The wait is over. After months of promotional posters throughout New York, along with endless repetitions of the same commercials and sponsored ads on Facebook, “Nashville” has made its way to TV. But is all of the hype justified? Right now, the answer is muddled.
The storyline — an aspiring star in the country music scene trying to wedge out the current reigning-but-aging star — feels tired thanks to an abundance of clichés. “Nashville” looks and feels like the 2010 Hollywood film “Country Strong,” albeit with better execution.
In the pilot, queen of country music Rayna James (Connie Britton) is asked by her label to co–headline a tour with up-and-coming starlet Juliette Barnes (Hayden Panettiere) who is a more ruthless version of Taylor Swift. If Rayna refuses, her label will stop promoting her latest album and cancel her tour altogether.
Meanwhile, Juliette is intent on stealing Rayna’s producer Randy, not to mention her band leader and ex-lover, Deacon. At the same time, Rayna has issues with her powerful father and her passive-aggressive husband. Juliette has her own set of issues despite her callous attitude, including phone calls from her drug-addicted mother. A plethora of minor characters populate the show’s world, including Scarlett, an initially unremarkable waitress who unsurprisingly turns out to be an amazing singer in the episode’s final few minutes.
So far, “Nashville” has neither found its voice nor has it come off as a complete mess. Britton does a serviceable job portraying a struggling country legend while providing her own vocals. Those who know her only from “American Horror Story” will be surprised at this new side to her persona though her southern charm will be familiar to fans of “Friday Night Lights.”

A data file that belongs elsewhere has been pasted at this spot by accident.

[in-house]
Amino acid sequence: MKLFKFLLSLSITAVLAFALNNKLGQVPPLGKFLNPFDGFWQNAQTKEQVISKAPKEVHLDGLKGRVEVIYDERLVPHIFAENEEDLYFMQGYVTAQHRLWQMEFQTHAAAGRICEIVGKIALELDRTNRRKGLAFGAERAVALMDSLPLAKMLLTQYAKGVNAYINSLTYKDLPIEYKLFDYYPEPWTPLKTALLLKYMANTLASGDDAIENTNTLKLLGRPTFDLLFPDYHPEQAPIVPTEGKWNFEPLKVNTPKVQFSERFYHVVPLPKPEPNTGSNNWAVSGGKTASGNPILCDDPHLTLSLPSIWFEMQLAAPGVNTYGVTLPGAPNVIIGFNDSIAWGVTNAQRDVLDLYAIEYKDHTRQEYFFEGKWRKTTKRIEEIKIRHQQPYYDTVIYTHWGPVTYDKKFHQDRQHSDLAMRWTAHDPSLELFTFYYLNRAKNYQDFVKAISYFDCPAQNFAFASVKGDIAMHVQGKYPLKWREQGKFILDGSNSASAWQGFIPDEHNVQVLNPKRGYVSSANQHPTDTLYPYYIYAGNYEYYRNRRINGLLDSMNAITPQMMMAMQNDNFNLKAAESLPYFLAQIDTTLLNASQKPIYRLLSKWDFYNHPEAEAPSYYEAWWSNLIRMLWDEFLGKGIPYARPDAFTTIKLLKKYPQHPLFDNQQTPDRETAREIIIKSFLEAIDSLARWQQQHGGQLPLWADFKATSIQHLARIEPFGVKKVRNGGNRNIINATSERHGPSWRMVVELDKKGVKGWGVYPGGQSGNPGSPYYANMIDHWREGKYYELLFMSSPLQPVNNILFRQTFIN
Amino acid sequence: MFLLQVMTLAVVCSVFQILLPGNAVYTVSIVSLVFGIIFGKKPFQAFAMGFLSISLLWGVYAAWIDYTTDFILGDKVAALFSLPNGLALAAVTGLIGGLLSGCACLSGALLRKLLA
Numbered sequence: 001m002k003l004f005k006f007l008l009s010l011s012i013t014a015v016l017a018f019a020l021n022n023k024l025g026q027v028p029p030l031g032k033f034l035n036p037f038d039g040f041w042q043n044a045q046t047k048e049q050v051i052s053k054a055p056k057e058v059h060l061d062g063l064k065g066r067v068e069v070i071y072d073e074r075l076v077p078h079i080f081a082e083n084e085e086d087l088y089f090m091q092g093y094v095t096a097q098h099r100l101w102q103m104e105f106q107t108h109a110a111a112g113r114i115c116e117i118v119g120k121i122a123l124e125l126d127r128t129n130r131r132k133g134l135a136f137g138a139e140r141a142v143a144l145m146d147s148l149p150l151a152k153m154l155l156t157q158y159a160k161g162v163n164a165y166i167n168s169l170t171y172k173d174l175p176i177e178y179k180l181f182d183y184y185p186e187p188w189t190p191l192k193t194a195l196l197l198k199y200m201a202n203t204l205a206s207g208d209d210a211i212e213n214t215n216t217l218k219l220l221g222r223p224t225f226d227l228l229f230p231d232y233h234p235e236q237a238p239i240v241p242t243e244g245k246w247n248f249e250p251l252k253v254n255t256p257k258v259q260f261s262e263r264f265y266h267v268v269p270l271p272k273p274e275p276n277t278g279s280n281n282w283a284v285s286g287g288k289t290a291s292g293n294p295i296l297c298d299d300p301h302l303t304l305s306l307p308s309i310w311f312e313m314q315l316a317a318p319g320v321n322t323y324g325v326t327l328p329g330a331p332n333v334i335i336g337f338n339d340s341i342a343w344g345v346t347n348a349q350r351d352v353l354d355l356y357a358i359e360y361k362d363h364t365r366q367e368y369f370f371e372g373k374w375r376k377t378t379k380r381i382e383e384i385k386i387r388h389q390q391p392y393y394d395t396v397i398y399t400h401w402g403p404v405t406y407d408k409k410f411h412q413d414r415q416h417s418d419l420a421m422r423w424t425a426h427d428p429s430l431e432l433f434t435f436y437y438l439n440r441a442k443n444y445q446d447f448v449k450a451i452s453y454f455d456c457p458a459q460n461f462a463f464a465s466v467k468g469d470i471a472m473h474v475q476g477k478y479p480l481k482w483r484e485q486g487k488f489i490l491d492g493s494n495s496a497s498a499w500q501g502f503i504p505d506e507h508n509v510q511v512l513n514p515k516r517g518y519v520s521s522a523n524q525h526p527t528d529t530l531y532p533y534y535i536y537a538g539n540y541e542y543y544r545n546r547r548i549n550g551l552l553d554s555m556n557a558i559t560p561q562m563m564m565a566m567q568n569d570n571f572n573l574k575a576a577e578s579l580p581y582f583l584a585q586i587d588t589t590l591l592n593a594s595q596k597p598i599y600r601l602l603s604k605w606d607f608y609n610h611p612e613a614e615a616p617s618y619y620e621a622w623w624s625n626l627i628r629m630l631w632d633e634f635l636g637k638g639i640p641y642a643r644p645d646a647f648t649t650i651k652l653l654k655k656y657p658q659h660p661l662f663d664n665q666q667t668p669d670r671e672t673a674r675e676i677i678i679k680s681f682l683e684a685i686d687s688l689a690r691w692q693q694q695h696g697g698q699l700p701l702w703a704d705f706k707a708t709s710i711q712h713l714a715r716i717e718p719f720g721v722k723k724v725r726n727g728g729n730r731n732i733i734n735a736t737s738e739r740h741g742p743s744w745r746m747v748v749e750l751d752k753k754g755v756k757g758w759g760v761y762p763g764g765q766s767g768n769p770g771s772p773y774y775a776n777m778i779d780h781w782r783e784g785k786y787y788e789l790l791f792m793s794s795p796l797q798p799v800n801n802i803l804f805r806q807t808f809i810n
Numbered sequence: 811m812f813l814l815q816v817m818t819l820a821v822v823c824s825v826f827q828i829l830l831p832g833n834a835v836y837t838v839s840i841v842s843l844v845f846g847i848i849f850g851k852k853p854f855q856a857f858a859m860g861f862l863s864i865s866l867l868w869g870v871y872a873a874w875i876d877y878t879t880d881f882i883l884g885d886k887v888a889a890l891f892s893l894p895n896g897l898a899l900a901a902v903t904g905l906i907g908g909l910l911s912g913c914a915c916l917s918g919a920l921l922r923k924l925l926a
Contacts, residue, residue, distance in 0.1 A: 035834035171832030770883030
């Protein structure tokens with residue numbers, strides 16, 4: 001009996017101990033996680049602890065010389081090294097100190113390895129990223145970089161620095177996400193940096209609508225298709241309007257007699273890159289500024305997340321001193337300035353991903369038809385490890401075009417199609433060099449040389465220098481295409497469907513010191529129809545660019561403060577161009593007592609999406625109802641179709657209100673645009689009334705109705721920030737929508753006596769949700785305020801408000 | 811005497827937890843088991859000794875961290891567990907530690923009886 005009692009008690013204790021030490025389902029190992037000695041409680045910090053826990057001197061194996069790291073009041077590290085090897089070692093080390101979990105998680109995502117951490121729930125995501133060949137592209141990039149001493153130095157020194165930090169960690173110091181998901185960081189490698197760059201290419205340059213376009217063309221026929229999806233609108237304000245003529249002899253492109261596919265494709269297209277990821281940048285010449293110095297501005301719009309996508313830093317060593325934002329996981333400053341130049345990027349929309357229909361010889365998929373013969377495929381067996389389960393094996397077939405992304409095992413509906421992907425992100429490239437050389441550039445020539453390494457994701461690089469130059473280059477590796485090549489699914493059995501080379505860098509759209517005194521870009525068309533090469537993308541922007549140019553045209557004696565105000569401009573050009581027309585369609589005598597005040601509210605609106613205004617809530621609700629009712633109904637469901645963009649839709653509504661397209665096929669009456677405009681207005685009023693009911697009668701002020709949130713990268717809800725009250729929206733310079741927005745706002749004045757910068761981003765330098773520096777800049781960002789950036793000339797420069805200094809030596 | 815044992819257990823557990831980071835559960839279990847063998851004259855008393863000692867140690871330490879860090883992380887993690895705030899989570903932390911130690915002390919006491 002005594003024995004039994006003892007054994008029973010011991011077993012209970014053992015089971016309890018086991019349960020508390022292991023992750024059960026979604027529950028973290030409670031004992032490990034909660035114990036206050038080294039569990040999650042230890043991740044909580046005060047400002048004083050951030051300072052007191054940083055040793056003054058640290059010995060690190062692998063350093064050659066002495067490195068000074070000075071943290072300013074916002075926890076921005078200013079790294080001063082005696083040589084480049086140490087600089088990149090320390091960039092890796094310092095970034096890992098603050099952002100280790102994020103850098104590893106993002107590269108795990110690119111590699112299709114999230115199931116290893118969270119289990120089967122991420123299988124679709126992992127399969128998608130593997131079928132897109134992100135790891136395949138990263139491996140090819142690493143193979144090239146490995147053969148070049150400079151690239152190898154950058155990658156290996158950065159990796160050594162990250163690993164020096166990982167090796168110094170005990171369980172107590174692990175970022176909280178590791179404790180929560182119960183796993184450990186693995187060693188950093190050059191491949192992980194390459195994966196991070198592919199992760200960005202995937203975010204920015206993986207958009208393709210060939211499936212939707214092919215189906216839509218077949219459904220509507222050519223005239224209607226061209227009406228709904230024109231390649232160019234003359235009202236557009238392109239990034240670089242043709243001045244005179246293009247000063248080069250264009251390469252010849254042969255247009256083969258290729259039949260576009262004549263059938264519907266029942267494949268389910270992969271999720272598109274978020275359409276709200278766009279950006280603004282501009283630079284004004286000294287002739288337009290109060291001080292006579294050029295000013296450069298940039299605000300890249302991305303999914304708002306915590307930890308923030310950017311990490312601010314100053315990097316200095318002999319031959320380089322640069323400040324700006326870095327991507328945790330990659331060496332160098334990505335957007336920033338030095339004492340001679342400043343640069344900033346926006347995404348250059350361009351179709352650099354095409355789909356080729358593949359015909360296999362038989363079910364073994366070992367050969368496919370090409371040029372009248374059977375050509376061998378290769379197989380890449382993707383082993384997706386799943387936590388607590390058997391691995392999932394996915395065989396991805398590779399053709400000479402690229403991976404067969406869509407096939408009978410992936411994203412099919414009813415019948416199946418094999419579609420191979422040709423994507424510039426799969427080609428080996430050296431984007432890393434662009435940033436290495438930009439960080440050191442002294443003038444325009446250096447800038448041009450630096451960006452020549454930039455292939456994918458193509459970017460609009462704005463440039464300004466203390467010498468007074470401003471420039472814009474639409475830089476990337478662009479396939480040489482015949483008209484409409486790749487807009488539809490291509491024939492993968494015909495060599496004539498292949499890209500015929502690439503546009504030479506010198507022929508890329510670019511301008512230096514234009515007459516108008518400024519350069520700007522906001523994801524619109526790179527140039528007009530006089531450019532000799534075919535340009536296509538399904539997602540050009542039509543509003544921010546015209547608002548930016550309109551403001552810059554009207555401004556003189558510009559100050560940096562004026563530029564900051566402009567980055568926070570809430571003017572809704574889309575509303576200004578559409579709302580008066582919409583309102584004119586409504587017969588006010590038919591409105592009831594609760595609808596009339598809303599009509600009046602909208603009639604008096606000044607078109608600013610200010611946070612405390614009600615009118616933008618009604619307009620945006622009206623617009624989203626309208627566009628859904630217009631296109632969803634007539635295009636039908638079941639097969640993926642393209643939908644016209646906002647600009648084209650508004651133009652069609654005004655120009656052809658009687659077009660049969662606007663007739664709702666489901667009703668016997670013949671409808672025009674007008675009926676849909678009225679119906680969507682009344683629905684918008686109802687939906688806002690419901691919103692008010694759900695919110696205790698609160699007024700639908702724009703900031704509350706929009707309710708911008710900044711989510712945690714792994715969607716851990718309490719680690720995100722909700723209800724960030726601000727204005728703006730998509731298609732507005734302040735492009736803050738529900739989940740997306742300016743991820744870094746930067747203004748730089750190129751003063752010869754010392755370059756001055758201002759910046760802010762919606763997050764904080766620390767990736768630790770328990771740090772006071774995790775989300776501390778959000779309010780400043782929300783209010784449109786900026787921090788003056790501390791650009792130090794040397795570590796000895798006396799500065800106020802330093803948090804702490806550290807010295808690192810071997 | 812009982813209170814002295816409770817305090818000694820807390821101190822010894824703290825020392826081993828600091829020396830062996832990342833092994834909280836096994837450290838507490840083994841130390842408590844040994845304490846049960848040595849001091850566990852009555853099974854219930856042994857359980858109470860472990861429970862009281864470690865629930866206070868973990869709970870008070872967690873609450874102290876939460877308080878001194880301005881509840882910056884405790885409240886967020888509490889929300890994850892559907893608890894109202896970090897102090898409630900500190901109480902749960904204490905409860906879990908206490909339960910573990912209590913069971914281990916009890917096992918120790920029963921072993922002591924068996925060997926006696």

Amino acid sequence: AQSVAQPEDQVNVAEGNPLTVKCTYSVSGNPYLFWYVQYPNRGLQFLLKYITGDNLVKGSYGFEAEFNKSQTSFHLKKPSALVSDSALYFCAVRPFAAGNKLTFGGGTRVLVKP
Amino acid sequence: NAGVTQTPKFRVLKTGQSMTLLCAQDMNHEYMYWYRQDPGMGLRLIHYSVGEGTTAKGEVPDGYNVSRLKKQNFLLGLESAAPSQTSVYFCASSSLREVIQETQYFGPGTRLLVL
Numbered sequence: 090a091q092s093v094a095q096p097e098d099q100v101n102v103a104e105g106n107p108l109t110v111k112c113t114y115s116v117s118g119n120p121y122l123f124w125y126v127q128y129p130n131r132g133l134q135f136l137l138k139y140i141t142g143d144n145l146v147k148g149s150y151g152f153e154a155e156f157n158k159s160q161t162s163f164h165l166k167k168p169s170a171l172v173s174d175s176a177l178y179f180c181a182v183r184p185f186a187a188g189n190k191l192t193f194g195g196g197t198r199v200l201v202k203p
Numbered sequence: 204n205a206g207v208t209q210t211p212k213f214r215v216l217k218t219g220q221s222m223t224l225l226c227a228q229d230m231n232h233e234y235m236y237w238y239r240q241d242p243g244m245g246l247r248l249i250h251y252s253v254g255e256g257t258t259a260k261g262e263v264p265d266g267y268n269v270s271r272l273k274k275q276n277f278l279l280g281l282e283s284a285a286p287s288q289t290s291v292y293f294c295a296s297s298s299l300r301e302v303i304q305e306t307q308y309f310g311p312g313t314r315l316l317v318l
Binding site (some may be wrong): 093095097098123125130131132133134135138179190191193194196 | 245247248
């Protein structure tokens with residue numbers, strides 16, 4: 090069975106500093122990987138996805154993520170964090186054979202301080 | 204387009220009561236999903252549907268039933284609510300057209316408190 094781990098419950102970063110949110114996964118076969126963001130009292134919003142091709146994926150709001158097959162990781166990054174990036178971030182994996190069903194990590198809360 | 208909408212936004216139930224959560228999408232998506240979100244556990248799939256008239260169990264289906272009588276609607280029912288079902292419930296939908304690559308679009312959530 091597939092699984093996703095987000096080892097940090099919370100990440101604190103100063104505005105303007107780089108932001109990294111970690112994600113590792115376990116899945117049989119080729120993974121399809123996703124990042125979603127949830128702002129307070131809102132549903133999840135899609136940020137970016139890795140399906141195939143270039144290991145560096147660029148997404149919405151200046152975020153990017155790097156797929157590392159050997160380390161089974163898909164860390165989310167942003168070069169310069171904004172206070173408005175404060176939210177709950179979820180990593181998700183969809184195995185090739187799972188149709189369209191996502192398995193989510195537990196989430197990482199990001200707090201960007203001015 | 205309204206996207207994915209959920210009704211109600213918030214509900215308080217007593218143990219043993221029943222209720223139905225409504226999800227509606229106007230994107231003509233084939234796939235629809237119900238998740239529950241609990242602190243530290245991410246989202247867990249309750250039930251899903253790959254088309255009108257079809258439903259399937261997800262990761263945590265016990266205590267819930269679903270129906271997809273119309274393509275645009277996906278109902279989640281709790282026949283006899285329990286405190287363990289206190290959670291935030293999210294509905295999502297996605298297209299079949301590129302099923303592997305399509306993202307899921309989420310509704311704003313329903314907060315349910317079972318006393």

Panettiere, on the other hand, seems to be trying too hard to play bad. Giving characters an evil glare in nearly every scene, she struggles at authentically conveying a mean-girl image. Unless her acting improves significantly over the next few episodes, she may prove to be the show’s most miscast star.
The other actors tend to fade into the background, as their importance to the main plot thus far is limited. Additionally, the cheap-looking greenscreen effects employed periodically feel unprofessional.
Overall, the “Nashville” pilot is a somewhat well-produced hour of drama and country music with decidedly mixed performances from its actors. Hopefully, the show will be able to weave together its storylines more skillfully over the next few episodes. Judging from this pilot, “Nashville” is far from reaching the levels of the network’s other hits like “Revenge” and “Once Upon a Time” that enjoyed strong starts. “Nashville” faces an uphill battle if it aspires to match those shows’ quality.
A version of this article appeared in the Thursday, Oct. 11 print edition. Tobias Keunecke is a contributing writer. Email him at firstname.lastname@example.org.
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